Book Review: Unwind
October 12, 2016
Filed under Arts & Entertainment
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You’re 17, and you have your whole life ahead of you. Mistakes are bound to happen, and you mess up. It happens, no big deal… right? Fast forward into a future where a second civil war has been fought over reproductive rights: The Pro-Life and Pro-Choice armies finally reach a solution when one scientist discovered a new way to transplant every inch of the human body, into new hosts. Abortion is outlawed, and Unwinding, the new transplanting process, becomes a common practice. With medical advancements, doctors can now use every part of the human body in transplants. Lose a finger to frostbite? No worries! You can get matched for a brand new fully-functional finger! Skin grafts are now a thing of the past. You can get a replacement without having to cut off your own!
Where are all the donor parts coming from? Obviously a teenager isn’t going to want an elderly persons arm or leg. Instead, the feral teenagers who are doing no other good for the country, provide these pieces. Since abortion is no longer legal, parents have the option of Unwinding their child if they are between the ages of 13 and 18. Since the body parts are still alive and fully-functional, the life is not completely terminated, just put to better use.
In Neal Shusterman’s novel Unwind, three teens are on the run for their lives -in the literal sense. Connor, a troubled teen living in Ohio, finds his Unwind order in his parents’ office along with plane tickets dated for after his unwinding. Risa, a ward of the state, is sent to be unwound when state homes face budget cuts. Lev is a tithe for the church, which means his only purpose is to be unwound, and is unfortunate enough to be in the same area with Connor. Connor, Risa, and Lev (reluctantly) break free from the Juvey Cops -officers who collect and hunt down AWOL teens bound for unwinding- and go on the run to try and make it to their 18th birthdays, when they legally cannot be unwound. Connor becomes famous across the nation, known as the Akron AWOL, and it becomes even more difficult to hide with his two new friends.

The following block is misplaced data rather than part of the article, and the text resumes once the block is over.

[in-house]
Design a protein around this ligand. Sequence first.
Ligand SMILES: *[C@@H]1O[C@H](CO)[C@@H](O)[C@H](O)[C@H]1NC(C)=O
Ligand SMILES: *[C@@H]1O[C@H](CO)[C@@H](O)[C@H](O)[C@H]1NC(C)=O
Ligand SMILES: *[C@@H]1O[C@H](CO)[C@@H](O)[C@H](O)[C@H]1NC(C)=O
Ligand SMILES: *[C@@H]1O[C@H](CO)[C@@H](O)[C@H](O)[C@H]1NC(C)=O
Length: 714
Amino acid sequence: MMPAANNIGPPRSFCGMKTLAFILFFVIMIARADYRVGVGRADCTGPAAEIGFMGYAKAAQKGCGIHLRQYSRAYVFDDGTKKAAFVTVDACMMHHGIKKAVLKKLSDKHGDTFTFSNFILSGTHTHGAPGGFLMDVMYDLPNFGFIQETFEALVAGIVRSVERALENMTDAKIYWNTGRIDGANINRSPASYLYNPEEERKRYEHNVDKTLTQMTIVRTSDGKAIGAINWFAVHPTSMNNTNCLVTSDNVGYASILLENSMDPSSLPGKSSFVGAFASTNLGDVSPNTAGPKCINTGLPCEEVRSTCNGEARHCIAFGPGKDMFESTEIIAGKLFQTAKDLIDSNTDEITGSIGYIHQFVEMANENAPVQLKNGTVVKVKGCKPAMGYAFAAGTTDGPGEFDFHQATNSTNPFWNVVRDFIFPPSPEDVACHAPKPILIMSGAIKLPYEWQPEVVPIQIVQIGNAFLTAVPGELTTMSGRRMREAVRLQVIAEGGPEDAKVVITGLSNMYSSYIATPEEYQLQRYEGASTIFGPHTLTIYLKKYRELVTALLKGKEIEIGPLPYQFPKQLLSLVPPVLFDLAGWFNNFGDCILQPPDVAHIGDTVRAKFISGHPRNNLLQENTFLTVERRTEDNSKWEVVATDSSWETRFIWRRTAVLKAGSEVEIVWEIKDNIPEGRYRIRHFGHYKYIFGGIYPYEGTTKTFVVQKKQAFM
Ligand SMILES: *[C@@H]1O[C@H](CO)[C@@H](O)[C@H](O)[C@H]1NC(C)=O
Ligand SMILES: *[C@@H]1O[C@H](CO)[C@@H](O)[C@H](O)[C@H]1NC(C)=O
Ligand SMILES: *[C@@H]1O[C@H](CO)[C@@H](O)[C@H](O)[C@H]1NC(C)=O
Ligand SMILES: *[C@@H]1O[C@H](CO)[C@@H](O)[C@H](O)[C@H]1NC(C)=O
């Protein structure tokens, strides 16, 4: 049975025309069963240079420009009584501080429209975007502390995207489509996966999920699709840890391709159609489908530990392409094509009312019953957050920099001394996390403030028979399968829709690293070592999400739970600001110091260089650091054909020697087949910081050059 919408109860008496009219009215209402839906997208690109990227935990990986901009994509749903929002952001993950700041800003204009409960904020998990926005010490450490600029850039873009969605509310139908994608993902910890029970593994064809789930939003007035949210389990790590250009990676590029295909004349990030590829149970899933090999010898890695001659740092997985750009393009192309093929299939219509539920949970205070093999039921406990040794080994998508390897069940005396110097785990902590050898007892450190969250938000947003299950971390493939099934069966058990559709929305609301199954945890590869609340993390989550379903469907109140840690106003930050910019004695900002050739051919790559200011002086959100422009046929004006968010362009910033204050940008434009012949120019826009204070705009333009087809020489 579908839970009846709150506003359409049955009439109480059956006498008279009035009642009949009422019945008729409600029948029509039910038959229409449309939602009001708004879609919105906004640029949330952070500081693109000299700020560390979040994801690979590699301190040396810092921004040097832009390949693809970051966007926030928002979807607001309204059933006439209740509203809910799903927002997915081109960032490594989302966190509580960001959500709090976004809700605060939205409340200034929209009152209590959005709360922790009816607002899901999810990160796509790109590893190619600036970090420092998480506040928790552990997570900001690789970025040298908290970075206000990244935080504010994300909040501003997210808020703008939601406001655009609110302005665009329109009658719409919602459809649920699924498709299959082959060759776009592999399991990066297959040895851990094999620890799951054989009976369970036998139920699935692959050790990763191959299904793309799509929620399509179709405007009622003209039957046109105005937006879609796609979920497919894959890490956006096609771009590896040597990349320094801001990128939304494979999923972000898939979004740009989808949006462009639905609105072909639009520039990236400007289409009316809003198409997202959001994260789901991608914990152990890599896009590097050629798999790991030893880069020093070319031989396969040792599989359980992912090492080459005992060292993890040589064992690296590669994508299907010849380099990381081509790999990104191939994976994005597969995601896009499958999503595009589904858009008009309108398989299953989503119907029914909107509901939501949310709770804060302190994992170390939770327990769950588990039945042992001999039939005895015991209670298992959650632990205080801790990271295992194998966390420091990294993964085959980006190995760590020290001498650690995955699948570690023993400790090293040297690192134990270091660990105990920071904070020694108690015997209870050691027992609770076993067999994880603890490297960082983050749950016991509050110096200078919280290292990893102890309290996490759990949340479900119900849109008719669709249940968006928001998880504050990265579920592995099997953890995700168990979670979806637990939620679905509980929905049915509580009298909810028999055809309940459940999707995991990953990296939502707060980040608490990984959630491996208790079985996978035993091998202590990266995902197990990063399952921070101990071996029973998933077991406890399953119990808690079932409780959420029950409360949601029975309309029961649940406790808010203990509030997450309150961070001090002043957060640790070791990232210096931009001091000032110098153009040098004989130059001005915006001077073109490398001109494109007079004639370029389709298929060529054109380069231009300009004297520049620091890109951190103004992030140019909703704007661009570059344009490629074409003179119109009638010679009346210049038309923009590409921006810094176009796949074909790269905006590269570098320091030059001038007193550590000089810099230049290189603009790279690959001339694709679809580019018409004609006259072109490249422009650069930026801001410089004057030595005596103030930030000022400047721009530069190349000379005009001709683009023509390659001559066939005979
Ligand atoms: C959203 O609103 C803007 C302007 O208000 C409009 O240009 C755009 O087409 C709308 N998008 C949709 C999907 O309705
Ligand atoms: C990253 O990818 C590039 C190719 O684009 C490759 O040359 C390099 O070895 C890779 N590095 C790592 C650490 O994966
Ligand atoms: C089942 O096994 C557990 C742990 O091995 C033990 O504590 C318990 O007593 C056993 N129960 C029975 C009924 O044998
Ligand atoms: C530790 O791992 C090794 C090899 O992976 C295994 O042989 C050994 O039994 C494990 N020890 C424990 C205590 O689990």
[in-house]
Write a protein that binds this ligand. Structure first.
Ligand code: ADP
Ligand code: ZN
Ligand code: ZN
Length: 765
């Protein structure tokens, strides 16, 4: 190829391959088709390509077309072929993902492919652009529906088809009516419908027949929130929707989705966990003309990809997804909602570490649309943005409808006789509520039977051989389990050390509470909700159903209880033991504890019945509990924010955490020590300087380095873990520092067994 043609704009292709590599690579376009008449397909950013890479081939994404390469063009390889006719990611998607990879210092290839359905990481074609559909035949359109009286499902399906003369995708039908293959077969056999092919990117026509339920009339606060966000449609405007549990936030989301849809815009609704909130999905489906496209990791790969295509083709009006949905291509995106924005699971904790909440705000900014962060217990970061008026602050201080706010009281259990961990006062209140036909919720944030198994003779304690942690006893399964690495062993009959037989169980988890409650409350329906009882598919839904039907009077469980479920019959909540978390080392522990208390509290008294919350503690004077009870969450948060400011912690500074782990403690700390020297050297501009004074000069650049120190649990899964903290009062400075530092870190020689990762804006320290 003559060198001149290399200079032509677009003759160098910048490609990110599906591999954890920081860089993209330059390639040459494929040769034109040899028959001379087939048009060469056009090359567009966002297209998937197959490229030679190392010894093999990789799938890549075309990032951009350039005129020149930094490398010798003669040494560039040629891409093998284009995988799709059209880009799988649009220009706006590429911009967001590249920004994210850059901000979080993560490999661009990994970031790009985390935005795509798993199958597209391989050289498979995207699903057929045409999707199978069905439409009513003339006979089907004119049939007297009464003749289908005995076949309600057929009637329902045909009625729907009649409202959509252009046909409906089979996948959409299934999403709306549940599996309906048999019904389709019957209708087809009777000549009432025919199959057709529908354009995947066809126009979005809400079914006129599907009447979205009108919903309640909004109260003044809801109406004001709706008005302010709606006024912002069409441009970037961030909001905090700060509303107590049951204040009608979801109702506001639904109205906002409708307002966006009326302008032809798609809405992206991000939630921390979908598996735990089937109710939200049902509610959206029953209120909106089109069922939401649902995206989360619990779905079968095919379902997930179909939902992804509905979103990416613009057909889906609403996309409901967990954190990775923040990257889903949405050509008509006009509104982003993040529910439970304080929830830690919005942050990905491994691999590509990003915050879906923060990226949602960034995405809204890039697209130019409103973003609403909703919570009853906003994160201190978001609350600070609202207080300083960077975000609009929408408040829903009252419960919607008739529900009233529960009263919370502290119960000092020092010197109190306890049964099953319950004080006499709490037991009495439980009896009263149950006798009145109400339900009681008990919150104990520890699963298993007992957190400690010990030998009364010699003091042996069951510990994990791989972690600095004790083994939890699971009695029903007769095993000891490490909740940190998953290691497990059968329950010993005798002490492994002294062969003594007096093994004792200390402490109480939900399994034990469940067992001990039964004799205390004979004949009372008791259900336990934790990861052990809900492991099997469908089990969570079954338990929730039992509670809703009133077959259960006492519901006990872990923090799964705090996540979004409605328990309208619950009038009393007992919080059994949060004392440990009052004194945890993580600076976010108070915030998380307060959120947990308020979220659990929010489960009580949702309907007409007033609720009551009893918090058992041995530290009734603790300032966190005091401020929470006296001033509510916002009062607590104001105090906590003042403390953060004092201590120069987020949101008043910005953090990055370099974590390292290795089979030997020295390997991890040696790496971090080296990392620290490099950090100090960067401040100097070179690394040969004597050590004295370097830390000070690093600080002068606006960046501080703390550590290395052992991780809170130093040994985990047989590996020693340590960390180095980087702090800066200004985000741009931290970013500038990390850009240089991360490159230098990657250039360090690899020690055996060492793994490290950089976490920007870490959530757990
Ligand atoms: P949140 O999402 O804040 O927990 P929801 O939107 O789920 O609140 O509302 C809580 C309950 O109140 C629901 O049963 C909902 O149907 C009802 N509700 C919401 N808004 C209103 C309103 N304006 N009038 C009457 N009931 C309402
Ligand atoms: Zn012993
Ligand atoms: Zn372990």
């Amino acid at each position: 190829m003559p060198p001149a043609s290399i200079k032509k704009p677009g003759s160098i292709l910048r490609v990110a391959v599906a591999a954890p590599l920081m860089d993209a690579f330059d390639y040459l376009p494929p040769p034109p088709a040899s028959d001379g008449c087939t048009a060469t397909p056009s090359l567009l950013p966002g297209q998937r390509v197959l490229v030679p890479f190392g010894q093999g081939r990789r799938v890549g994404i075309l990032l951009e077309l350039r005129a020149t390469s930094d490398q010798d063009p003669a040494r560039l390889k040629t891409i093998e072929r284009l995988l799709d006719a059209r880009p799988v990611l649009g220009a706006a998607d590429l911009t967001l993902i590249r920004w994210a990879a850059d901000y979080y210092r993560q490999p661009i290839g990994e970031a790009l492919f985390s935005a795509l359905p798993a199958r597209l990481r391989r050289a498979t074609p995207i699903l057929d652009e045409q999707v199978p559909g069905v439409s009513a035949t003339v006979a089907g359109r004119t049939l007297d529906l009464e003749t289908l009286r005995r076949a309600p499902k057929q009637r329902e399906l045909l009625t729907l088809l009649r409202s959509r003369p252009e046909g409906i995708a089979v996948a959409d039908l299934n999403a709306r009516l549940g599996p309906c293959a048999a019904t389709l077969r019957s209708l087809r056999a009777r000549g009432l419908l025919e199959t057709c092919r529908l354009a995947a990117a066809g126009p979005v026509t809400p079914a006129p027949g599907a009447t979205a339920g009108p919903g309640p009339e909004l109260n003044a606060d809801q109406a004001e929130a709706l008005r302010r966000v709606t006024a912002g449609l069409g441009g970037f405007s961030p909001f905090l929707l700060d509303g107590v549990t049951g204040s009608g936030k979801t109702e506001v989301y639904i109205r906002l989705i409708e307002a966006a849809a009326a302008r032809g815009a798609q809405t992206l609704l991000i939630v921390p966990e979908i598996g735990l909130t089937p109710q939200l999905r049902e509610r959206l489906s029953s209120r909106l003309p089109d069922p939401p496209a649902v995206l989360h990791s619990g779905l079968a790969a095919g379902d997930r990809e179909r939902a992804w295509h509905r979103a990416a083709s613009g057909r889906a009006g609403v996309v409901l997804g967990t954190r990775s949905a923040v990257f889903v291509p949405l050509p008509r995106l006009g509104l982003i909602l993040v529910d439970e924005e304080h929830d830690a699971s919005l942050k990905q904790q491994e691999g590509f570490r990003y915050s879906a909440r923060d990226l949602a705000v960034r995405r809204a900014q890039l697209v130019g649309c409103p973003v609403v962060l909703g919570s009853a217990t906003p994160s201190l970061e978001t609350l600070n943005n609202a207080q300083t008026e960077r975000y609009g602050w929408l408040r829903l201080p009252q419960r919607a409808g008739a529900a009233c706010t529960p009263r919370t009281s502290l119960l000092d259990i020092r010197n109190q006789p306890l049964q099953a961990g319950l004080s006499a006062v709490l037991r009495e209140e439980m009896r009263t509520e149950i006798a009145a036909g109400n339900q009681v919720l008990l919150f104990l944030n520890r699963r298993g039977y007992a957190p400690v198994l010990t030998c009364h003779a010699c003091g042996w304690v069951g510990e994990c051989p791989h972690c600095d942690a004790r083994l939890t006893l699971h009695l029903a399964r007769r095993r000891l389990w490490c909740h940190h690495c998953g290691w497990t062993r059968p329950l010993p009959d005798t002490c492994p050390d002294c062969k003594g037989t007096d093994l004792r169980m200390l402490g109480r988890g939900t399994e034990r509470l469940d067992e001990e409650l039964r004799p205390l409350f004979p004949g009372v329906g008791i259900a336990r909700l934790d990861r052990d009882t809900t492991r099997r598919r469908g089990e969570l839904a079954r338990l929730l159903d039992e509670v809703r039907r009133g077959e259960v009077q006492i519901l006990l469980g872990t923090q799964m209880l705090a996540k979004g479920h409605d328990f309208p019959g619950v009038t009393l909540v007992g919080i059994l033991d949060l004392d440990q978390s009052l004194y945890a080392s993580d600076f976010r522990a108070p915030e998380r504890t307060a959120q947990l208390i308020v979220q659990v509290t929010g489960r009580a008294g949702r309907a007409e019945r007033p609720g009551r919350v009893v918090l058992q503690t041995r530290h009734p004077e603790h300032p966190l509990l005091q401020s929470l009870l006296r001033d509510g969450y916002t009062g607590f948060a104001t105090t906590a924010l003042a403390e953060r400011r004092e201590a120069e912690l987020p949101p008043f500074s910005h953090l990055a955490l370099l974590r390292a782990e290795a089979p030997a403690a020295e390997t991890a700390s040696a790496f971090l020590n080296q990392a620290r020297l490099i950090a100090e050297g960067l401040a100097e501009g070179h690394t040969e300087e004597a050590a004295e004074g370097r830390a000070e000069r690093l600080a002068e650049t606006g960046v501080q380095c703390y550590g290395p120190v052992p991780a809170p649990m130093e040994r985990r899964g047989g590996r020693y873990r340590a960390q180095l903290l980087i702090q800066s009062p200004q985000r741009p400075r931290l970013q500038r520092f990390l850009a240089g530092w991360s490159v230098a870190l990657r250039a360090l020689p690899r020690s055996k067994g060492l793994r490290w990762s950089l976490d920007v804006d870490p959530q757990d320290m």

I first read this book in the eighth grade and fell in love. The characters drive the story to unbelievable highs and lows. When I picked the book up one evening, I couldn’t put it down. I stayed up late into the night until the book was finished. The world Shusterman created is one that captivated me. I needed more. Luckily, this is only the first book in a four-book series.
This book could be disturbing to some readers, depending on your level of comfort with violent and controversial material. The book itself has an age of 13+ for reading. Above I have linked a video created by Mainstay Productions on YouTube. This video is creepy, but in an enticing way. If you’re on a school computer you will not be able to open this link, but at home I suggest going to YouTube and searching “mainstaypro unwind short film” and watching the video before you rid your mind of this review and book.
I highly recommend this book to anyone in the school. This story is one that will keep you up late into the night, thinking about the book even after you’ve finished it. Even now, almost a year after I finished the whole series, I find myself asking questions about the world that this story takes place in. If you are like me, and love when a story completely takes over you for a day, a week, a month, or even a year, please read this book. If you decide to read it, then let me know what you think of it! I would love to hear your feedback.
Unwind short film: https://www.youtube.com/watch?v=9snP4HuRsr4